WellUrban

Personal reflections on urbanism, urban life and sustainable urban design in Wellington, New Zealand.

Monday, June 12, 2006

On track for confusion


What are we to make of the lead story in today's Dominion Post? "Commuters face levy for $2b upgrade", it says. Leaving aside for the moment the question of whether it's fair to ask today's commuters to pay for future upgrades, surely a $2 billion upgrade is a substantial investment and should significantly increase the capacity of our packed buses and trains. But how much of that sum will actually go towards improving the service?

There's little detail in the article, but it quickly becomes clear that this is not an announcement of a brand-new $2b investment:
Greater Wellington regional council has already budgeted $1.33 billion for public transport till 2016. But officials now say a further $670 million is needed to encourage more people to swap cars for buses and trains.
Of the extra money, "more than" $500 million would go to upgrading rail infrastructure, such as electrifying the main trunk line to Waikanae and doubling the tracks between Pukerua Bay and Paekakariki, and these are measures that public transport advocates such as Option 3 have been promoting for a while. This could definitely increase capacity on the Paraparaumu line, so it's to be applauded. There's no information on what the rest of the money being asked for (up to $170 million) will be for, so it's hard to see whether that will help improve capacity.

Of the $1.33 billion already budgeted for, how much will go towards increased capacity? Very little, as far as I can see, but it's hard to tell. The transport section (83kB PDF) of the regional council's current proposed long-term plan makes no mention of such a figure. All I can find is a table on page 49 about "procuring a range of passenger transport assets costing a total of $523.1 million". This shows that $343.1 million will be spent on new and refurbished rolling stock, and the rest on a mixture of station upgrades, bus/rail interchanges, accessibility, real-time information and integrated ticketing. It's important to improve the passenger experience, but it won't provide more capacity.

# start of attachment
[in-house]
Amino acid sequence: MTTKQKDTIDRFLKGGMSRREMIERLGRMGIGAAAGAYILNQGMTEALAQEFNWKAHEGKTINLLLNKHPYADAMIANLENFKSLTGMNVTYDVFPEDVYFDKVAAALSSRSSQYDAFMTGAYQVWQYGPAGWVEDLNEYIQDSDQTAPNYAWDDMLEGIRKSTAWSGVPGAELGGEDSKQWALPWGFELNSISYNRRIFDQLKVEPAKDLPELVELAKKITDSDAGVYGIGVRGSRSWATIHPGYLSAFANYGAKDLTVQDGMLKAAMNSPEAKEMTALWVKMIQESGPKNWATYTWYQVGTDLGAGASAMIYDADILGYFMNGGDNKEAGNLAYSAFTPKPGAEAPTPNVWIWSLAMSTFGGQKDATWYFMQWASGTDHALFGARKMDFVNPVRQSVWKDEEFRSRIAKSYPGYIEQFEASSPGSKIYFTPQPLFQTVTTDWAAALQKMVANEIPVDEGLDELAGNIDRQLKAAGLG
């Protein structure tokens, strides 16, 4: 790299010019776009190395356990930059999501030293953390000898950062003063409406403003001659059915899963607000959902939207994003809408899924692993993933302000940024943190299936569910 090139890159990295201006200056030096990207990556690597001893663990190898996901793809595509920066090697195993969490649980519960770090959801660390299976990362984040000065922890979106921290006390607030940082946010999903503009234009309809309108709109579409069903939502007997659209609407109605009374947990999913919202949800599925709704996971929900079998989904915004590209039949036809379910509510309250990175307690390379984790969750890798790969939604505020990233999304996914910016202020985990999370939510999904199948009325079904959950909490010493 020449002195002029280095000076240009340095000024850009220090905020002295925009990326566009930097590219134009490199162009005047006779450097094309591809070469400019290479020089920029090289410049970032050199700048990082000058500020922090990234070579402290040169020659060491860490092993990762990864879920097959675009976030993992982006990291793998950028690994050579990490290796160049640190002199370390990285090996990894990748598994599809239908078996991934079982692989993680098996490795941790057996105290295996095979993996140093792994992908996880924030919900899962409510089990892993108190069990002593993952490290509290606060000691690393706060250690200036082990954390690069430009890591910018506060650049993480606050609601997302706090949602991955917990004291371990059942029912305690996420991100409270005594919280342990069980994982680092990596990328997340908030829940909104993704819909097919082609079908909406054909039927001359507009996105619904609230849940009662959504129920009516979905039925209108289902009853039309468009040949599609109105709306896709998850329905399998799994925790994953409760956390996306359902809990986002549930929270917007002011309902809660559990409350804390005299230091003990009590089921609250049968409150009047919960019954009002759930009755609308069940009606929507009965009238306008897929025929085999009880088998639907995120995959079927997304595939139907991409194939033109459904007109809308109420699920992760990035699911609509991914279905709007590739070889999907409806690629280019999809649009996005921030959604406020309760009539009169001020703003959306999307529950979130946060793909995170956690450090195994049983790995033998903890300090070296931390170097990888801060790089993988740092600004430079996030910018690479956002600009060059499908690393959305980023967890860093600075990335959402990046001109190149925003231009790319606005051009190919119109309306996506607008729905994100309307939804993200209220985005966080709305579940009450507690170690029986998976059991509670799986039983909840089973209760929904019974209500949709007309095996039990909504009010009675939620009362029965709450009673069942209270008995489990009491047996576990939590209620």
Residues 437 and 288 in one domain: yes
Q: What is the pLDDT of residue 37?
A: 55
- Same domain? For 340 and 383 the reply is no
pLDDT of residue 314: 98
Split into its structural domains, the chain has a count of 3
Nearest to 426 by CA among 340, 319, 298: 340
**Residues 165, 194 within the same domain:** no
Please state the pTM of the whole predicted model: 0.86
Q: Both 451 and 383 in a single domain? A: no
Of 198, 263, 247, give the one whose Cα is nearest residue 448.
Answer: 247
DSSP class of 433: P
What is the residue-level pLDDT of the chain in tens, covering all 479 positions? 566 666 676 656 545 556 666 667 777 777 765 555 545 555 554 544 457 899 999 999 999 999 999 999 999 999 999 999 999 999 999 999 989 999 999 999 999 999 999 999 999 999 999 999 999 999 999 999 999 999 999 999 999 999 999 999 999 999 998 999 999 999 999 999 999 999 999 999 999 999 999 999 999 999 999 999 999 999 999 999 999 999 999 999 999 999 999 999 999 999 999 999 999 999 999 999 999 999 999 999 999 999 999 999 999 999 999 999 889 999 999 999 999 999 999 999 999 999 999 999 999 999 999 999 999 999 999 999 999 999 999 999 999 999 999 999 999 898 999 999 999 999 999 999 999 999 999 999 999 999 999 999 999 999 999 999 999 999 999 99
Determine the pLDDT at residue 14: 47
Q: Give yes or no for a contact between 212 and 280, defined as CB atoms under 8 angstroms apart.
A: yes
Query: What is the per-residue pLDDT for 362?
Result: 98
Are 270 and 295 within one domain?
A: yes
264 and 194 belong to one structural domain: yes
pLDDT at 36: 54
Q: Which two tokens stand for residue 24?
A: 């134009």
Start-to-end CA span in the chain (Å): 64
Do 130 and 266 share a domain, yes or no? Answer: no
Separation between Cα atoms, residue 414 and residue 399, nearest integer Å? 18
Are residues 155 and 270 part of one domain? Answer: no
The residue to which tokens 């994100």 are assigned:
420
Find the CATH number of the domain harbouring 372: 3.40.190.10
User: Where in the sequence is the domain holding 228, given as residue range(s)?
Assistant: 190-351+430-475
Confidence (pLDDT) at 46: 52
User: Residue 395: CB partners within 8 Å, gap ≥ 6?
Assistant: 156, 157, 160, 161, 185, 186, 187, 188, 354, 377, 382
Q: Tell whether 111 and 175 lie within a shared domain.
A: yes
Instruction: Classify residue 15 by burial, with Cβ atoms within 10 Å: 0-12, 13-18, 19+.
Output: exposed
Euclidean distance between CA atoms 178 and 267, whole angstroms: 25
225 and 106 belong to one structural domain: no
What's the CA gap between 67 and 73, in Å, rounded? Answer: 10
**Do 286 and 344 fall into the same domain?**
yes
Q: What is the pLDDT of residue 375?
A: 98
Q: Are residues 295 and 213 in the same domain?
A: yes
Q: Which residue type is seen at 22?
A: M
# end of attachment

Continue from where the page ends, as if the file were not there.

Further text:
So, of the "new and refurbished" rolling stock, will there be any net increase in the number of carriages available? Again, there's no information, but a bit of searching through the regional council website uncovers a news release from last year saying that the 58 new electric units will "initially replace English Electric Units and then increase passenger capacity". This part of the upgrade will cost "more than $160m": that's less than half of the total rolling stock upgrades, and we still don't know how much of that will actually go to increased capacity! I'd guess it's not much, since they were only planning on maintaining a 15.6% share of commuters, not increasing it. For the sake of argument, let's estimate that $100 million goes towards new capacity rather than just replacing the museum pieces currently on the tracks.

Of the existing 10-year budget, that's $100 million for increased capacity and $423.1 million for refurbishment and miscellaneous improvements. Where's the rest of the $1.33 billion? I'm no expert at reading accounts, but the 10-year financial forecast on page 47 of the plan indicates that the rest is just operating expenditure, and doesn't go to upgrades at all. So let's break down the details of what the Dominion Post calls a "$2b upgrade":

Greater Wellington regional council's spending on public transportOnly about $600m can truly be said to be devoted to increasing capacity, and that's if the new proposal goes ahead. A further $170m might be, if we knew the details. $420m goes towards improving the passenger experience: some of that might be counted as an "upgrade", but much of it is just long-overdue maintenance. And the rest, nearly $640m, is just normal operating costs over the ten years of the plan, and should never be included in a story about new investments.

So, this is hardly "an ambitious $2 billion plan to improve Wellington's public transport"! The Kapiti upgrades are indeed significant news, and it's heartening to see that they're finally aiming to increase mode share to 20% rather than keeping it static, but if we really were to get $2 billion invested in public transport we would expect much more. It's hard to know whether the Dominion Post has an agenda to make public transport look like it's getting more money than it actually is, or whether it's just sloppy journalism. Despite their general pro-motorway bias, I'd suspect the latter, especially when you look at the headline on page C1: "Property values drift down". Really? No, they're just not increasing as fast as they were. We should expect better from our only daily newspaper.

11 Comments:

At 9:04 AM, June 13, 2006, Blogger Hadyn said...